Last night the French-American Foundation and Gould Foundation held their annual translation prize ceremony, honoring Jody Gladding & Elizabeth Deshays in the fiction category for their translation of Small Lives by Pierre Michon (Archipelago) and Matthew Cobb & Malcolm Debevoise in nonfiction for their translation of Life Explained by Michel Morange (Yale University Press)
As Thomas Bishop pointed out in his opening remarks, it’s interesting that both winners were translated by a pair of translators. Not that this is necessarily good or bad, just interesting. He also gave a shout out to American university presses as one of the admirable publishing segments of the book business trying to do a lot of literature in translation.
Of the finalists for the nonfiction category, four of the five titles were published by university presses (the exception being Camus’s Notebooks that came out from Ivan R. Dee). The fiction category had a different make-up, but three of the six finalists were from independent presses (Archipelago, Europa Editions, and New York Review Books).
The event—which took place at the Century Association—was very well attended (standing room only!), filled with all the editors, agents, translators, and other cultural peoples involved in international lit. (Especially French literature. One of the cool things the FAF did, which I’ve never seen before, is hand out a printed list of all RSVPs, so attendees could see who else was supposedly there and seek them out . . . Actually sort of helpful for a reception of this sort, where you’re only one or two connections away from everyone else . . .
It took reading 44 pages of Intervenir/Intervene before I began to get a sense of what Dolores Dorantes and Rodrigo Flores Sánchez were up to. Recurring throughout these 44 pages—throughout the entire book—are shovels, shovel smacks to the face, lobelias—aha!. . .
As presaged by its title, contradiction is the theme of Peter Stamm’s novel, All Days Are Night. Gillian, a well-known television personality, remains unknowable to herself. And Hubert, a frustrated artist and Gillian’s lover, creates art through the process of. . .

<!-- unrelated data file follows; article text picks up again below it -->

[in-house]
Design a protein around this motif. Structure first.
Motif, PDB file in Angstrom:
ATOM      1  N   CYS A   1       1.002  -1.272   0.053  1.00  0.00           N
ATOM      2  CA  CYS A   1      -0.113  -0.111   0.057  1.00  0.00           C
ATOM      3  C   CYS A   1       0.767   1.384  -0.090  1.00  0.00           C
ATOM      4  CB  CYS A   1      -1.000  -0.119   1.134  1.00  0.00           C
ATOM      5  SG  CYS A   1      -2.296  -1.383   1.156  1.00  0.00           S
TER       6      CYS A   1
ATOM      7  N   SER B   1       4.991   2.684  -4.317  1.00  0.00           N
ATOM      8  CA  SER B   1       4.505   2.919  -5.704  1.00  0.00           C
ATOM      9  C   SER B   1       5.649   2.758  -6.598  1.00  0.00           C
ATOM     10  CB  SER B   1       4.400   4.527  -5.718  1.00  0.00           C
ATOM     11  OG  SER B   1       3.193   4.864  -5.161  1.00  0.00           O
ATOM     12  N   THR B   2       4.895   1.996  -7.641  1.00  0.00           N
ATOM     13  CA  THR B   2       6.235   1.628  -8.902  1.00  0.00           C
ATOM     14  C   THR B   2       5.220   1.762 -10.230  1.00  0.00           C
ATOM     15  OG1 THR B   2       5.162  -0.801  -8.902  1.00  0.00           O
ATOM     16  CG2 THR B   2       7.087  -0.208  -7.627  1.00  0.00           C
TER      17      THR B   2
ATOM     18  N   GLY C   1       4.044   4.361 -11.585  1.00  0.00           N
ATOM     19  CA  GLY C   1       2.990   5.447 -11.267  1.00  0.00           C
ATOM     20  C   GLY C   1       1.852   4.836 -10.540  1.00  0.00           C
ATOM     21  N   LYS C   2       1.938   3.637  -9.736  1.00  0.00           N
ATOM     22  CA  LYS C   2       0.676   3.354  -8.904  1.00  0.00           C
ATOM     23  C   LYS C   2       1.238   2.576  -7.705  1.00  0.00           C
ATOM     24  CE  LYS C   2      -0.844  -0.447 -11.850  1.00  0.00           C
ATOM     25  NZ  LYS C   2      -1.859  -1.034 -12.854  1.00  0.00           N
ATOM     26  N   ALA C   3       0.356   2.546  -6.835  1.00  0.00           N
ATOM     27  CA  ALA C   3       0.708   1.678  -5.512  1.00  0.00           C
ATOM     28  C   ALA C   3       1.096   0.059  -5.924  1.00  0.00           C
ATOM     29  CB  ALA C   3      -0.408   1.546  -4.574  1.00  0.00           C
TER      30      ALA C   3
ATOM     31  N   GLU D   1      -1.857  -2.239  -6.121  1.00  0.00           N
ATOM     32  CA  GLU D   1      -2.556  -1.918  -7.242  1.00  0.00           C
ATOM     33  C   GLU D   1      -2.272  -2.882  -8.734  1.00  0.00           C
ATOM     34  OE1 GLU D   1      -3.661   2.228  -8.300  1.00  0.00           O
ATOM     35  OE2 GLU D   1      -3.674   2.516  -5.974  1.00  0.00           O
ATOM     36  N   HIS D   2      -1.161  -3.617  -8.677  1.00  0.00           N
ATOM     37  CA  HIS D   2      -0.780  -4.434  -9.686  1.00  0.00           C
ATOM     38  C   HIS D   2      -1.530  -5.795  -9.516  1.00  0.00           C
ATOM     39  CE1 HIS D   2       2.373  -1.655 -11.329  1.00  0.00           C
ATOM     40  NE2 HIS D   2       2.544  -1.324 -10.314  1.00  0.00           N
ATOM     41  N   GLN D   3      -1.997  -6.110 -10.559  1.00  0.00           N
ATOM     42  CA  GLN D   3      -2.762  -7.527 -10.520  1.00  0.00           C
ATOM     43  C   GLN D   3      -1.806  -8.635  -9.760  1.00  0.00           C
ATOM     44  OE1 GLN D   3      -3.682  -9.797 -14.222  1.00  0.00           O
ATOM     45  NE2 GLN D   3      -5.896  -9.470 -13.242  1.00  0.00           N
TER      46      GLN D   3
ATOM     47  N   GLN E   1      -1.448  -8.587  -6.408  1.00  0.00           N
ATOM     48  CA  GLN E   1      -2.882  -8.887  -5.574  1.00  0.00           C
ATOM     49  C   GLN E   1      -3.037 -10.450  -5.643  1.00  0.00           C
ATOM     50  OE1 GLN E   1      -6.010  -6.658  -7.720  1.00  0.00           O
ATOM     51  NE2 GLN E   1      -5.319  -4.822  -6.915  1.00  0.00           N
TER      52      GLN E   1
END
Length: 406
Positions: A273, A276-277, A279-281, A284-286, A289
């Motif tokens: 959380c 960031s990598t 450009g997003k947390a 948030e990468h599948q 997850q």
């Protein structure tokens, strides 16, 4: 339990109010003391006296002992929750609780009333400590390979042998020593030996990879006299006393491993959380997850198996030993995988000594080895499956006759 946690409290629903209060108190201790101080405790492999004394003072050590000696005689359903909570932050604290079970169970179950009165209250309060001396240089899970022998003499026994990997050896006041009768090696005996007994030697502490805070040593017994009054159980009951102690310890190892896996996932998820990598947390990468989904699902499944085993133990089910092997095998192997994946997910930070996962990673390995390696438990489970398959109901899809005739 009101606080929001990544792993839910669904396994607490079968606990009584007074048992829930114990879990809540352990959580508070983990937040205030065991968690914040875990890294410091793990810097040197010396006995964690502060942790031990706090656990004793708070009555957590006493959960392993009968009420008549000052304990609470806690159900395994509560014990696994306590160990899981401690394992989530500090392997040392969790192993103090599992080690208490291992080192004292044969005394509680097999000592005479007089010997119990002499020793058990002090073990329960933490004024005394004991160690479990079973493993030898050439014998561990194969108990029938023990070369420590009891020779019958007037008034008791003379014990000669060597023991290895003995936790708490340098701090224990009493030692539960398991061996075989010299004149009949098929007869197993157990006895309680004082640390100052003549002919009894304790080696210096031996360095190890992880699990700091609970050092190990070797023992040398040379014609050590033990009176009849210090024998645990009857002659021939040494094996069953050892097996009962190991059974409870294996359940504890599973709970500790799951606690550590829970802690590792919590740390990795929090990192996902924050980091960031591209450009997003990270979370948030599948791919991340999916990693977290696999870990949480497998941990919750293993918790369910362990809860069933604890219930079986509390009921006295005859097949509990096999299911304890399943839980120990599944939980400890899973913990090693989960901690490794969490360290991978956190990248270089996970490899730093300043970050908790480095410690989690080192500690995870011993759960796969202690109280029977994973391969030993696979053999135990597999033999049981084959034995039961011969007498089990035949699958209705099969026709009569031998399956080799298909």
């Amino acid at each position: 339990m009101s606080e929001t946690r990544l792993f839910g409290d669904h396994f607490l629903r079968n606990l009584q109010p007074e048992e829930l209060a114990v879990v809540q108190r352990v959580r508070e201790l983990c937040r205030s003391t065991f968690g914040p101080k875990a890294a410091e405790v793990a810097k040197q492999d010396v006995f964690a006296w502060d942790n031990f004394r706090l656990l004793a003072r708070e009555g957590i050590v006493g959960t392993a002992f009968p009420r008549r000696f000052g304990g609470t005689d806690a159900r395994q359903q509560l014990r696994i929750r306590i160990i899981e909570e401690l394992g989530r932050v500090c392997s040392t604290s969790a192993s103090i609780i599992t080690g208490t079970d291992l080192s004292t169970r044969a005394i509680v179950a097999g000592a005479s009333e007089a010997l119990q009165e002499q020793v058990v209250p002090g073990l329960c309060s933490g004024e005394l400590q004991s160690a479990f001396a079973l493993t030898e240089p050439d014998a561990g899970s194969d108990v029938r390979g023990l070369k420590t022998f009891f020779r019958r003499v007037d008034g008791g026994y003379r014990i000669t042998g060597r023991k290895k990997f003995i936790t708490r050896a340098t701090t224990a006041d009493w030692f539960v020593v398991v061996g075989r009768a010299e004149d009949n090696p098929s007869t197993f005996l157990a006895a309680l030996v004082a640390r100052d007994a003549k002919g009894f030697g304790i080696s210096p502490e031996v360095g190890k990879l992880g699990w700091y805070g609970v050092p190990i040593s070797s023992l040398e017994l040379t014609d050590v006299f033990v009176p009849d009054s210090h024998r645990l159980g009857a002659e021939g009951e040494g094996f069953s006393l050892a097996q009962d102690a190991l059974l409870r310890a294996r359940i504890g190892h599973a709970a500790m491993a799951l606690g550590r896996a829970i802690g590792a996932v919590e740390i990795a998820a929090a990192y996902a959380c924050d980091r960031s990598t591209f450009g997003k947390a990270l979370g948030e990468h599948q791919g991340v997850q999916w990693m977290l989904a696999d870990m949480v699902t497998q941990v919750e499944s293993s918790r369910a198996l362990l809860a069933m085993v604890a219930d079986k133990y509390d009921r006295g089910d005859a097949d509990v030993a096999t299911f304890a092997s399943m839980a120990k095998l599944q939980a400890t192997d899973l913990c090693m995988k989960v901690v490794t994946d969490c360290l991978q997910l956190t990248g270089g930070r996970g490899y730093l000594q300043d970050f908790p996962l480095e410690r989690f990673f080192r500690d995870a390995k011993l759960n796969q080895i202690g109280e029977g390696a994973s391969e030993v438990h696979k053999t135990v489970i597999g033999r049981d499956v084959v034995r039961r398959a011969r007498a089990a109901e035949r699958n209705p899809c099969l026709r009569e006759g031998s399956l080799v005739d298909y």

It’s a rare and wonderful book that begins and ends with violence and humor. At the start of Etgar Keret’s The Seven Good Years, Keret is in a hospital waiting for the birth of his first child while nurses, in. . .
Last year, Han Kang’s The Vegetarian was an unexpected critical hit. Now, it’s just been published in the U.S. and has already received a great deal of positive critical attention. The Vegetarian was a bold book to attempt as an. . .
It’s been almost a year since the publication of Nowhere to Be Found by Bae Suah, but despite being included on the 2015 PEN Translation award longlist, and some pretty vocal support from key indie presses, the book has. . .
Jorge Eduardo Benavides’ novel La paz de los vencidos (The Peace of the Defeated) takes the form of a diary written by a nameless Peruvian thirty-something intellectual slumming it in Santa Cruz de Tenerife in Spain’s Canary Islands. Recently relocated. . .
Anyone with any interest at all in contemporary Moroccan writing must start with Souffles. A cultural and political journal, Souffles (the French word for “breaths”) was founded in 1966 by Abdellatif Laâbi and Mostafa Nissabouri. Run by a group of. . .
Randall Jarrell once argued a point that I will now paraphrase and, in doing so, over-simplify: As a culture, we need book criticism, not book reviews. I sort of agree, but let’s not get into all of that. Having finished. . .
Like any good potboiler worth its salt, Fuminori Nakamura’s The Gun wastes no time setting up its premise: “Last night, I found a gun. Or you could say I stole it, I’m not really sure. I’ve never seen something so. . .
Heiner Resseck, the protagonist in Monika Held’s thought-provoking, first novel, This Place Holds No Fear, intentionally re-lives his past every hour of every day. His memories are his treasures, more dear than the present or future. What wonderful past eclipses. . .